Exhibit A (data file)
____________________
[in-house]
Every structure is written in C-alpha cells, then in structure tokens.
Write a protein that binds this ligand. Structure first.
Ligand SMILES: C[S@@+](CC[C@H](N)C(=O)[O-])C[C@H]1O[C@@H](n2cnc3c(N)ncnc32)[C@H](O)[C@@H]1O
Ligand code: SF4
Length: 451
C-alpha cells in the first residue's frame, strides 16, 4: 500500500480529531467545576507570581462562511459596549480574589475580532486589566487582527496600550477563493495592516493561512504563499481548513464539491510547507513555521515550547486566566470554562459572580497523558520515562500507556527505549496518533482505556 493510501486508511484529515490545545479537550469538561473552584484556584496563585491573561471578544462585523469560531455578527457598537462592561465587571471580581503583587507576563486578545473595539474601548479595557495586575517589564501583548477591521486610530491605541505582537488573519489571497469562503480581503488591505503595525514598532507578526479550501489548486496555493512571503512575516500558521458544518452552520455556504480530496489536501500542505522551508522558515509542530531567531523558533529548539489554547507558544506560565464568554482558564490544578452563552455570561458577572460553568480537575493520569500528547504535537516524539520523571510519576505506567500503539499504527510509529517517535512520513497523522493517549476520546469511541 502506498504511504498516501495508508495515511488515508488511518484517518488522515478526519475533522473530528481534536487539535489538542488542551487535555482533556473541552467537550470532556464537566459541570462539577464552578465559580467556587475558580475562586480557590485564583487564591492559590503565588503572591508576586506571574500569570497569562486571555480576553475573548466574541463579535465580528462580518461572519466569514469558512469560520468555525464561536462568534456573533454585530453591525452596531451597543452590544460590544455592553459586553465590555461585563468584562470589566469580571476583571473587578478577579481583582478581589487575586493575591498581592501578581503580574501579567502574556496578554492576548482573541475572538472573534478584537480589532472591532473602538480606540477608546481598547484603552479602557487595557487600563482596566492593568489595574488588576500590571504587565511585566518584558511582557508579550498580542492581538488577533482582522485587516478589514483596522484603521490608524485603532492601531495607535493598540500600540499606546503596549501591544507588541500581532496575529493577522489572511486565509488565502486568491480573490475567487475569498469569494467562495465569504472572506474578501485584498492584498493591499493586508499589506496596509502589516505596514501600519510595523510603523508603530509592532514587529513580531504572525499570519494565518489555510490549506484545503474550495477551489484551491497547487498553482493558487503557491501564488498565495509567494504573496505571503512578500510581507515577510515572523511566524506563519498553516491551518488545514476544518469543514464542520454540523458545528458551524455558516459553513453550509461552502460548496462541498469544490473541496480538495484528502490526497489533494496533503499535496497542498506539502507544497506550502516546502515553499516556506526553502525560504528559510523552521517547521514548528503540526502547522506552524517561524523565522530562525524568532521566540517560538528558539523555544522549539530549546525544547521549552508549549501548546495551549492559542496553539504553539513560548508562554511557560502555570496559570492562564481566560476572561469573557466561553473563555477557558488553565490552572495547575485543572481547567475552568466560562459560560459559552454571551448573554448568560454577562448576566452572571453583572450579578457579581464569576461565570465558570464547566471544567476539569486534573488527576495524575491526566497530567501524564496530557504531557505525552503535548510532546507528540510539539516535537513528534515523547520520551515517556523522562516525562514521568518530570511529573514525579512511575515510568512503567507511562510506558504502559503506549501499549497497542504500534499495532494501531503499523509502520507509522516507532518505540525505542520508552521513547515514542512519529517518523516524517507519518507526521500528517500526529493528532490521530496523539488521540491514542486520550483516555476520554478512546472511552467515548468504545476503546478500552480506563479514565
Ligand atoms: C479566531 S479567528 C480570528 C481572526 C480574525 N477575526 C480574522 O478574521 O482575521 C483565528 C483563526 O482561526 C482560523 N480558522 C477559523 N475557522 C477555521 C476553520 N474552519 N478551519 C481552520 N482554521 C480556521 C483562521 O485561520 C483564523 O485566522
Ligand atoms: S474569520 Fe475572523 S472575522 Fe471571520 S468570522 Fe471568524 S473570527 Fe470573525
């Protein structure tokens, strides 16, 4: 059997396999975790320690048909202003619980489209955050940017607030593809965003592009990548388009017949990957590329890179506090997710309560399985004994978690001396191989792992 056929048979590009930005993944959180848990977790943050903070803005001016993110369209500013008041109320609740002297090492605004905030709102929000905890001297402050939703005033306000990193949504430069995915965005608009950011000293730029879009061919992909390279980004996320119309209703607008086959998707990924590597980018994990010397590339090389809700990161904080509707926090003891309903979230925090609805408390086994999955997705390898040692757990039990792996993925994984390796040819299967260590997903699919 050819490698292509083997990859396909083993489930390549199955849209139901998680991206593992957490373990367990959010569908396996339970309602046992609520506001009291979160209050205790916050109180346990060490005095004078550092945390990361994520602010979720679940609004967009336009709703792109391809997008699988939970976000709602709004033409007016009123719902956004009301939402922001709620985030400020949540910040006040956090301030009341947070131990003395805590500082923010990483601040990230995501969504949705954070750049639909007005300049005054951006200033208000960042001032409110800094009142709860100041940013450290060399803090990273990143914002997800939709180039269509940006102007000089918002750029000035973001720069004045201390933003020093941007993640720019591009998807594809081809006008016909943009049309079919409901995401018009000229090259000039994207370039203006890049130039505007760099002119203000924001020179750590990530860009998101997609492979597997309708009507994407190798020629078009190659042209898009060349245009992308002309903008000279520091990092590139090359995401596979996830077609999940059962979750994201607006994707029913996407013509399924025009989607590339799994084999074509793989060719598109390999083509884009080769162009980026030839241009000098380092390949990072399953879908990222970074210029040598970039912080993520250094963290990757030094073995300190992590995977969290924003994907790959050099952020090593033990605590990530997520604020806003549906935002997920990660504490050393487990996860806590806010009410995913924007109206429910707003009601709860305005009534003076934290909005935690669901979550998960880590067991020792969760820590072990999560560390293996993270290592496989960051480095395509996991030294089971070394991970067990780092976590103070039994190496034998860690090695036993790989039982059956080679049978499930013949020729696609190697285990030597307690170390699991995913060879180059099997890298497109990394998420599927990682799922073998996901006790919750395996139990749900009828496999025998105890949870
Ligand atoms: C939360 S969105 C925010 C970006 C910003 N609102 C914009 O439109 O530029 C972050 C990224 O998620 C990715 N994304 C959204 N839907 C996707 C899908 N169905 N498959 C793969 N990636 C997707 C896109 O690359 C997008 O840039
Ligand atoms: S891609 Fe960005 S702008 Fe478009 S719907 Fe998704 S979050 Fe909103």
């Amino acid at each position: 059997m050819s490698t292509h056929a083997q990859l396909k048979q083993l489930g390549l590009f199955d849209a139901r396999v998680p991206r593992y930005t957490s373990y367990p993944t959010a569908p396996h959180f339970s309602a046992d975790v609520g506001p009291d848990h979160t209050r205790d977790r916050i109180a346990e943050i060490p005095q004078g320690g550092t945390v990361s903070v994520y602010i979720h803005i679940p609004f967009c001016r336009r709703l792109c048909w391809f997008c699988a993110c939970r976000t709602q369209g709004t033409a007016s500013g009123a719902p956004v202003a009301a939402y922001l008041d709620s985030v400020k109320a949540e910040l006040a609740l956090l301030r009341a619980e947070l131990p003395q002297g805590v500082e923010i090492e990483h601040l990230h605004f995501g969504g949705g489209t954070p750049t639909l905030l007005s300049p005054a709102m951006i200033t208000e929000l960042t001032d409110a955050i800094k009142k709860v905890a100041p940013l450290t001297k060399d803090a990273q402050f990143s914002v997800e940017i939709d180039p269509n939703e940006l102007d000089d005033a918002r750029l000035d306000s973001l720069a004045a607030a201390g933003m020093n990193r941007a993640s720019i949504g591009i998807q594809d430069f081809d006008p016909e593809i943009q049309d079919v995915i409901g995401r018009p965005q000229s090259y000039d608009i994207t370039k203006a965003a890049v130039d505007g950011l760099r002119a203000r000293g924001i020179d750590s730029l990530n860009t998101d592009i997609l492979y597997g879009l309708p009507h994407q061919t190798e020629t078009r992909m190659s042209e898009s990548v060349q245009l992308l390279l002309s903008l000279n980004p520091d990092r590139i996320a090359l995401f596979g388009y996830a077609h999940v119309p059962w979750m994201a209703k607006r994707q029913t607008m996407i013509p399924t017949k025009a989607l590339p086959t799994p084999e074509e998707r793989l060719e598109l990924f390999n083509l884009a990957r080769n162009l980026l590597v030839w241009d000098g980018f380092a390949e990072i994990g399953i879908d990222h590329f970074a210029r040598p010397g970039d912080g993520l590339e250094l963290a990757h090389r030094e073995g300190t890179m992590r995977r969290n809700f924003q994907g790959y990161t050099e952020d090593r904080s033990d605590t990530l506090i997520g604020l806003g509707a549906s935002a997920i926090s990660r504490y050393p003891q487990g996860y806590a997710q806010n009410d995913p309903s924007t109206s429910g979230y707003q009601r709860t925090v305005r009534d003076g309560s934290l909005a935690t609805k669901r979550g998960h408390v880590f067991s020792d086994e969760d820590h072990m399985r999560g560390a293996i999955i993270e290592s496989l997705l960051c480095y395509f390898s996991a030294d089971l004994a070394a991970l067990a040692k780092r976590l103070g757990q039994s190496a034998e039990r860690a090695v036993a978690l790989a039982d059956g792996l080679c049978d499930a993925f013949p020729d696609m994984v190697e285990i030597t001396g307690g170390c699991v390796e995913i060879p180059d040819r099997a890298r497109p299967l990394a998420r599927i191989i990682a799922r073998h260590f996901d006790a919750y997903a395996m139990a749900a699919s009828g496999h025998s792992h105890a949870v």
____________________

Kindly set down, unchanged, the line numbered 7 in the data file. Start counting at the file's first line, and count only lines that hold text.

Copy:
C-alpha cells in the first residue's frame, strides 16, 4: 500500500480529531467545576507570581462562511459596549480574589475580532486589566487582527496600550477563493495592516493561512504563499481548513464539491510547507513555521515550547486566566470554562459572580497523558520515562500507556527505549496518533482505556 493510501486508511484529515490545545479537550469538561473552584484556584496563585491573561471578544462585523469560531455578527457598537462592561465587571471580581503583587507576563486578545473595539474601548479595557495586575517589564501583548477591521486610530491605541505582537488573519489571497469562503480581503488591505503595525514598532507578526479550501489548486496555493512571503512575516500558521458544518452552520455556504480530496489536501500542505522551508522558515509542530531567531523558533529548539489554547507558544506560565464568554482558564490544578452563552455570561458577572460553568480537575493520569500528547504535537516524539520523571510519576505506567500503539499504527510509529517517535512520513497523522493517549476520546469511541 502506498504511504498516501495508508495515511488515508488511518484517518488522515478526519475533522473530528481534536487539535489538542488542551487535555482533556473541552467537550470532556464537566459541570462539577464552578465559580467556587475558580475562586480557590485564583487564591492559590503565588503572591508576586506571574500569570497569562486571555480576553475573548466574541463579535465580528462580518461572519466569514469558512469560520468555525464561536462568534456573533454585530453591525452596531451597543452590544460590544455592553459586553465590555461585563468584562470589566469580571476583571473587578478577579481583582478581589487575586493575591498581592501578581503580574501579567502574556496578554492576548482573541475572538472573534478584537480589532472591532473602538480606540477608546481598547484603552479602557487595557487600563482596566492593568489595574488588576500590571504587565511585566518584558511582557508579550498580542492581538488577533482582522485587516478589514483596522484603521490608524485603532492601531495607535493598540500600540499606546503596549501591544507588541500581532496575529493577522489572511486565509488565502486568491480573490475567487475569498469569494467562495465569504472572506474578501485584498492584498493591499493586508499589506496596509502589516505596514501600519510595523510603523508603530509592532514587529513580531504572525499570519494565518489555510490549506484545503474550495477551489484551491497547487498553482493558487503557491501564488498565495509567494504573496505571503512578500510581507515577510515572523511566524506563519498553516491551518488545514476544518469543514464542520454540523458545528458551524455558516459553513453550509461552502460548496462541498469544490473541496480538495484528502490526497489533494496533503499535496497542498506539502507544497506550502516546502515553499516556506526553502525560504528559510523552521517547521514548528503540526502547522506552524517561524523565522530562525524568532521566540517560538528558539523555544522549539530549546525544547521549552508549549501548546495551549492559542496553539504553539513560548508562554511557560502555570496559570492562564481566560476572561469573557466561553473563555477557558488553565490552572495547575485543572481547567475552568466560562459560560459559552454571551448573554448568560454577562448576566452572571453583572450579578457579581464569576461565570465558570464547566471544567476539569486534573488527576495524575491526566497530567501524564496530557504531557505525552503535548510532546507528540510539539516535537513528534515523547520520551515517556523522562516525562514521568518530570511529573514525579512511575515510568512503567507511562510506558504502559503506549501499549497497542504500534499495532494501531503499523509502520507509522516507532518505540525505542520508552521513547515514542512519529517518523516524517507519518507526521500528517500526529493528532490521530496523539488521540491514542486520550483516555476520554478512546472511552467515548468504545476503546478500552480506563479514565